Sen. Murray: Raising taxes on wealthy 'has to be part of it'

As the so-called U.S. “fiscal cliff” approaches, Sen. Patty Murray, D-Wash., is taking a hard line, insisting that Republicans agree to tax increases as part of any deal.

“It’s time for the wealthiest Americans to pay their fair share and help us get out of this challenge,” she said.

Murray is right in the middle of this debate, given that many expect her to become the chairwoman of the all-important Senate Budget Committee starting in January.

Over the weekend, Murray shocked many when she said on ABC that America ought to go ahead and go over the fiscal cliff if House Republicans don’t go along with raising taxes for the wealthiest Americans.

On Monday, the senator talked about the fiscal cliff after a Veteran’s Day event in Seattle.

“If January comes, the Bush tax cuts expire and we don’t have an agreement, then Congress will have to start over, and anything we do will be enacting tax cuts for Americans and we can decide what to do then,” said Murray.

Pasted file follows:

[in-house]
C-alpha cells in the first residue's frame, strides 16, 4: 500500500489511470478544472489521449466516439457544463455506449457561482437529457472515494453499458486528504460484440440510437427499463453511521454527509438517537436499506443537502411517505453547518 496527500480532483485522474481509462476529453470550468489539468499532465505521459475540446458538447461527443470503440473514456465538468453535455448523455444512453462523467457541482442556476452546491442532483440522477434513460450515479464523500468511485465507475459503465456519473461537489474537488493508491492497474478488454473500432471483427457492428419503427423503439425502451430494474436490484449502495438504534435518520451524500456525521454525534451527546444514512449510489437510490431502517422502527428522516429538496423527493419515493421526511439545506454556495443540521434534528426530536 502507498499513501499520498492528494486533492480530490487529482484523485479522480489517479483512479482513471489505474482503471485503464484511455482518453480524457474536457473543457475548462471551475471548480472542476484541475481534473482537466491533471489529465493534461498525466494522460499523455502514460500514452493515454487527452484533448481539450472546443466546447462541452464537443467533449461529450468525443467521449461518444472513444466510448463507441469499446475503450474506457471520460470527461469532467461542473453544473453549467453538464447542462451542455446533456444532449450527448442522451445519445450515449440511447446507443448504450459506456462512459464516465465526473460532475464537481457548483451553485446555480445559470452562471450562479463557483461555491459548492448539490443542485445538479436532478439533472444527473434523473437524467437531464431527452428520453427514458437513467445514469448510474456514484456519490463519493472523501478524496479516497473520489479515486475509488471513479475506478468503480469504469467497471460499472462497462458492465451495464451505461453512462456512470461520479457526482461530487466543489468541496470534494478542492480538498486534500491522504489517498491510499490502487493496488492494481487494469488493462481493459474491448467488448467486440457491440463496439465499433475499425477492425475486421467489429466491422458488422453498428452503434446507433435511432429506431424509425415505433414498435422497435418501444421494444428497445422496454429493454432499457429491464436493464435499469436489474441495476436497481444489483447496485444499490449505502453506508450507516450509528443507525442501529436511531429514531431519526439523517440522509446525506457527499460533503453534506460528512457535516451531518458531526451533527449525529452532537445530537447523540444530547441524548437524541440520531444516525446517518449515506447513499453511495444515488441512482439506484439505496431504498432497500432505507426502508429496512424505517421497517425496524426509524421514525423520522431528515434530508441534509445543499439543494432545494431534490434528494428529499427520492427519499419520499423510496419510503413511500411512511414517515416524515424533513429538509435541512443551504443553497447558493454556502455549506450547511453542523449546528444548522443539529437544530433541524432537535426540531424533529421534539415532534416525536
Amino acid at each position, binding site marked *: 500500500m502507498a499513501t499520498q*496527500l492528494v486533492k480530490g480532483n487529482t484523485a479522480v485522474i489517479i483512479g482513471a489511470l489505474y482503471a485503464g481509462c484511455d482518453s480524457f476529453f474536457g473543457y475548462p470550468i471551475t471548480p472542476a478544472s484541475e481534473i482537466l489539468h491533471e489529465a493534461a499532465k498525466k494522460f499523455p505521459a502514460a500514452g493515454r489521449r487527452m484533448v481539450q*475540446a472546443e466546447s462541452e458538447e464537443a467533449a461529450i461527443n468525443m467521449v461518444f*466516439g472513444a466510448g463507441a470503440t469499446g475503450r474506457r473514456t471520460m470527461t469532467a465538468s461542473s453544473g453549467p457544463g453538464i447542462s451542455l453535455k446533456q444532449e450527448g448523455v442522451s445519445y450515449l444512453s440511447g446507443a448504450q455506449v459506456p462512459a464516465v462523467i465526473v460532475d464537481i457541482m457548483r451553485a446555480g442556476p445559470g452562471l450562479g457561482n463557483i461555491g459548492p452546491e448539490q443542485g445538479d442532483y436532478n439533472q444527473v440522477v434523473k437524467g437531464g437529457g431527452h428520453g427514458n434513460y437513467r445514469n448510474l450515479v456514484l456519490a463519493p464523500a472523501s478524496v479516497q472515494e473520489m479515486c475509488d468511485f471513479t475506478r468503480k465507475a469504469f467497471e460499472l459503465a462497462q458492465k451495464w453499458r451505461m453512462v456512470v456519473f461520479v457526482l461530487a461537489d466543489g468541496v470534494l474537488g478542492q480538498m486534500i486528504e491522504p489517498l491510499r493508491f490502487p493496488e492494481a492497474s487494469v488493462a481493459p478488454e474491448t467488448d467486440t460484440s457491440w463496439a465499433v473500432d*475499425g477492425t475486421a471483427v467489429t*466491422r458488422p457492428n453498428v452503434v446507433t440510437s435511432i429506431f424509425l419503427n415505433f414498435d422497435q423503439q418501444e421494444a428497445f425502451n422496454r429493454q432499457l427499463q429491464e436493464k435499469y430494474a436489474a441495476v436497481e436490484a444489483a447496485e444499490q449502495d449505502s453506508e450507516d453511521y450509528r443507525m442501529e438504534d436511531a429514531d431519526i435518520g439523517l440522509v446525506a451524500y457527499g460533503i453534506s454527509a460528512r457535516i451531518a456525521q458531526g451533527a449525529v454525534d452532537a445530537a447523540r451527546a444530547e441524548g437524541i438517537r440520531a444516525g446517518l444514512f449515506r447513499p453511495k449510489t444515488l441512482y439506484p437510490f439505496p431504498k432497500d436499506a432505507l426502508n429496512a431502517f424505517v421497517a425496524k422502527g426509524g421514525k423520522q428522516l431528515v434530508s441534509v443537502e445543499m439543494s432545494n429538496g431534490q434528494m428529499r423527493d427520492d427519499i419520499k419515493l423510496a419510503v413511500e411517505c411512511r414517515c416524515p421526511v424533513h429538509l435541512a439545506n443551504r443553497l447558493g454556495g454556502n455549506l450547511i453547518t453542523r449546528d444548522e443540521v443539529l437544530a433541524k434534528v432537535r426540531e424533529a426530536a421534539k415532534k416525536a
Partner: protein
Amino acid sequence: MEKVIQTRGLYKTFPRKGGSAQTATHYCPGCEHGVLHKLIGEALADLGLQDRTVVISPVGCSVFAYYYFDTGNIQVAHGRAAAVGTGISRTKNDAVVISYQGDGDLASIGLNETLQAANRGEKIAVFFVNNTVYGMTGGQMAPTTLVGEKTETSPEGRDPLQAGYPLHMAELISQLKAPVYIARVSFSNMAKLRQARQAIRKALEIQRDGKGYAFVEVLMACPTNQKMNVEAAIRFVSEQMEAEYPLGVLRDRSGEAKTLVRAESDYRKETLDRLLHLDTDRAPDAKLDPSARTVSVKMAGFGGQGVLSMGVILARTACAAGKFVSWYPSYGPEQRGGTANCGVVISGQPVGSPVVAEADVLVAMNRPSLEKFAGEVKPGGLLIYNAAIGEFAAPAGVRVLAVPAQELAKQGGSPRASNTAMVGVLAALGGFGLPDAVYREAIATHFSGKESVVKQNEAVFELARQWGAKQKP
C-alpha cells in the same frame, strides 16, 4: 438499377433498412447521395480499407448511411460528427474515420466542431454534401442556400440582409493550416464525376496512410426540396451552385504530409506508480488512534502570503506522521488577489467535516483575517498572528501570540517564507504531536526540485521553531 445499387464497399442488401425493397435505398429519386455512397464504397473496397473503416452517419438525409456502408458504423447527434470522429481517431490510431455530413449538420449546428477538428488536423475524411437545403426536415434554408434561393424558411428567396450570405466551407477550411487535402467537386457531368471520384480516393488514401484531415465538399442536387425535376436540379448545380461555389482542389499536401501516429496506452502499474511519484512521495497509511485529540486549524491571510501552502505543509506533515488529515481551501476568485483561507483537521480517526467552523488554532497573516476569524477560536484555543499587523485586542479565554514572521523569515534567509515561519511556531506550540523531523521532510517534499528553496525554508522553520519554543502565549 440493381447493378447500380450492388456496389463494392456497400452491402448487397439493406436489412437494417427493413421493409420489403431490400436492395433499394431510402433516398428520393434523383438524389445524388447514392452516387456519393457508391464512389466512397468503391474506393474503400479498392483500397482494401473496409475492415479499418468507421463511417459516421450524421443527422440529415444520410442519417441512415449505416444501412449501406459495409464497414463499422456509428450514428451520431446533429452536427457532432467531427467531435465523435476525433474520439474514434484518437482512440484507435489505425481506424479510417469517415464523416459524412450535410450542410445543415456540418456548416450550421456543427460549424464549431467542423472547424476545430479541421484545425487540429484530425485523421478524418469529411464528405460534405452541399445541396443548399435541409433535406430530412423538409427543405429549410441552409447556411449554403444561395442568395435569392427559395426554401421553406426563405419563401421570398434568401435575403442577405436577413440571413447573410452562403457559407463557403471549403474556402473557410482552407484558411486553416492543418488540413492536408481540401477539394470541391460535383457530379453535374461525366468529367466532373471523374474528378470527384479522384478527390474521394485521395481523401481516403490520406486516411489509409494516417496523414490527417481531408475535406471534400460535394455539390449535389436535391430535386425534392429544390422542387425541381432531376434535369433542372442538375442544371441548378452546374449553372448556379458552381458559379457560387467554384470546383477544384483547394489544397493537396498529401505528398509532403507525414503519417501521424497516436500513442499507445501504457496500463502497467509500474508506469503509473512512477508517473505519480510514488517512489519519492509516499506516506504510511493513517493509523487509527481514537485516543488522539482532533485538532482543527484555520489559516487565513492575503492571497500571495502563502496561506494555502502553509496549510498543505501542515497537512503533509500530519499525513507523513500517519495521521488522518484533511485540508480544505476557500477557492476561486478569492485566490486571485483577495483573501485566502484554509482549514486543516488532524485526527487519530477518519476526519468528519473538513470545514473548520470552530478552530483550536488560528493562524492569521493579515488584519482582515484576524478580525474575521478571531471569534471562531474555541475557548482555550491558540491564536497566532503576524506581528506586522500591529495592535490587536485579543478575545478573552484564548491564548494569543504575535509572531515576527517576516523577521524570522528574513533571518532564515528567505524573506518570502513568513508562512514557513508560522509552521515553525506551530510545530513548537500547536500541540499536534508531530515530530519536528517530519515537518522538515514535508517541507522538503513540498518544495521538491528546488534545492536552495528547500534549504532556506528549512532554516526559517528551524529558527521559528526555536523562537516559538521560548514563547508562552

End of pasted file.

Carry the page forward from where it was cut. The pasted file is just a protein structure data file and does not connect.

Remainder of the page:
Murray clearly wants a deal soon, but suggests that it might actually be easier for Republicans in January, after all the tax cuts expire.  Then, they won’t have to go on record voting for a tax hike for wealthy Americans, just a tax cut for middle-class Americans.

“I’m hopeful that we don’t reach that because certainty is always better than uncertainty,” she said. “The smarter thing is to just get over it, do it now.”

Republicans are drawing lines, too.  Last week, House Speaker John Boehner signaled a willingness to raise revenue, but would do so only by eliminating deductions and reforming the tax code.

“Everyone wants to get our economy moving again,” he said. “Raising tax rates will slow down our ability to create the jobs everyone says they want.”

Murray on Monday was steadfast in her insistence that the Republican plan for more revenue isn’t good enough.

“I hear a lot of talk about, you know, broadening the base” she said.  “What that means basically, is that we’ll have to take away home mortgage deductions, or charitable deductions, or increase fees on Medicare patients.  That all falls on the middle class, and excludes the wealthiest Americans.”

Is raising rates on the wealthiest a line in the sand for her?

It “has to be part of it,” she said, “so that everybody is helping to solve this problem.”